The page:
Folks on the Ferry Pictured Above [Not Guaranteed to be Correct]: John Greer, Anna Tessendorf Stenzel, Bertha Stenzel Gamble & son Wallace, Lida Koontz, Mrs. Wanamaker, Mrs. Erb, May Connell, Bill Connell, Gib Dorothy, Roy Erb.
Image Left: View of Greer before the bridge was built.
In 1861 Jacob Schultz and Colonel William Craig built a ferry along the Clearwater River in what is now Clearwater county, in north central Idaho. The town is situated on a narrow strip of land along the narrow canyon. The ferry connected the town with Nesperce prairie on one side of the river and the Weippe prairie on the other. The ferry was built to take travelers to the Pierce gold fields.
James and Caleb Witts, father and son operated the ferry for a time and then Schultz took over and operated it until 1870.
Photo Below/Right: Greer 1908. Men on wagons left to right: Hugh Dillon, Charley Eby, Lou Reed, Charley Stenzel [ click here for more on the Stenzel family ], Charley Grimm, Sampson Snyder, and Albert Carr.
John [or Jack] Greer.
John, or sometimes called Jack Greer came to the Pierce area in 1862 and mined until the early gold ran out, then bought the ferry and operated it for several years. He lived on the edge of the present town site and also owned 200 acres across the river.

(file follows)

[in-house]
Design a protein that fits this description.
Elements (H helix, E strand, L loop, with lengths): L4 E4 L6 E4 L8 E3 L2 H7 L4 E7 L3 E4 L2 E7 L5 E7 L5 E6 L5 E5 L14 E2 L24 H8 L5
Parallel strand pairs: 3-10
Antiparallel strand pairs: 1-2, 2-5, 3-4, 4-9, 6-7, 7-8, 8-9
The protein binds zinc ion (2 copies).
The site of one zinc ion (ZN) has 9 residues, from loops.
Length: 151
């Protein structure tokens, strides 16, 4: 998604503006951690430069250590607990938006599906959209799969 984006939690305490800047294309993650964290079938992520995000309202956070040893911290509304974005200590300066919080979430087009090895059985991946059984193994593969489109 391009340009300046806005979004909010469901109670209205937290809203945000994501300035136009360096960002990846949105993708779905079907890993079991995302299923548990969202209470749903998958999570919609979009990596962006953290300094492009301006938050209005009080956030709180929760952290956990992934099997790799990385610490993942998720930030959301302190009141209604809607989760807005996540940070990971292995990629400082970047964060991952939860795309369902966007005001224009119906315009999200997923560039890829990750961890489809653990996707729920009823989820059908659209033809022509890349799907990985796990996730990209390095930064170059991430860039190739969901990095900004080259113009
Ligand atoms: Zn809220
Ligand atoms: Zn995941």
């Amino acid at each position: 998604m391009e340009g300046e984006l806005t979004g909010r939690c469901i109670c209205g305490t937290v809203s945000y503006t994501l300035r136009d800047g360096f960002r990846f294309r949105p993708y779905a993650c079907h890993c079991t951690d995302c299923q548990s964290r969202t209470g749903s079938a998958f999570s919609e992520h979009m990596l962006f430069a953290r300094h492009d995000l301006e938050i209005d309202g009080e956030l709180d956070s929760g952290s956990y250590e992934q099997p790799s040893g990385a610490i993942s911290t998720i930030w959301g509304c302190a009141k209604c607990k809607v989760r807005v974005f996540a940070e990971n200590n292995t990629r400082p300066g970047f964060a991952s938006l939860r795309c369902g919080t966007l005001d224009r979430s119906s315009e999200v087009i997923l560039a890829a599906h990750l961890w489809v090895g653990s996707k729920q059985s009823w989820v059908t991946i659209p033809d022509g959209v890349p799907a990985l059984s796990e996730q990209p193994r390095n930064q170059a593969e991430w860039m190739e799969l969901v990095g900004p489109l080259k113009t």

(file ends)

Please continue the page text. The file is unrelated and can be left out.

Photo Right: Mr. & Mrs. Freeman [Dick] Reed and great-grandaughter Judy Reed taken in the 1940's after they moved from Frazer and went to Clarkston. The Reed couple homesteaded on the Frazer in 1882.
Mr Mrs Freeman Reed came west in 1882.They crossed the plains in a one horse wagon from Kerney, Nebraska to settle on the area now called Fraser, a few miles up on top of the prairie above Greer.
Photo Right: The two older children are Lester and Beulah Reed, children of Elsie and the late Freeman Reed, Jr. The boy in the center [their half brother] is my father Frank Stockard also the son of Elsie and her 2nd husband Charles Stockard.